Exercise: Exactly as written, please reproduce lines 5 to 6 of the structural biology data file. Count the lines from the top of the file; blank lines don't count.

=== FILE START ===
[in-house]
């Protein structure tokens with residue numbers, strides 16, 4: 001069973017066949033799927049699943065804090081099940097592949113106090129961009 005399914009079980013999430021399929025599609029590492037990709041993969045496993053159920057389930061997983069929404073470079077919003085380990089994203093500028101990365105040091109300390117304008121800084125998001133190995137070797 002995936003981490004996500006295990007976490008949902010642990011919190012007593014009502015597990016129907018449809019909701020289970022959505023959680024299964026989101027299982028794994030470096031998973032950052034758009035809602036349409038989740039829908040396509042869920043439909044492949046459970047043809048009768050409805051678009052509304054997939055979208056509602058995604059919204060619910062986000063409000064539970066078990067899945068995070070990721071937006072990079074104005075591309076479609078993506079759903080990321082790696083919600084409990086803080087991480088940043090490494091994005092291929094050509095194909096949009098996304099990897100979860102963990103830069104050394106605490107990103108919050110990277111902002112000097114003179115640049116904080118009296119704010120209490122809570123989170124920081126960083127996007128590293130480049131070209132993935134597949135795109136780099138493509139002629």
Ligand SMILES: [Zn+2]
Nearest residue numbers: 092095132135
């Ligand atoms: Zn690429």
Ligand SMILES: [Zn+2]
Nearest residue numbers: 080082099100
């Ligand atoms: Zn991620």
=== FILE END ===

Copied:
């Ligand atoms: Zn690429």
Ligand SMILES: [Zn+2]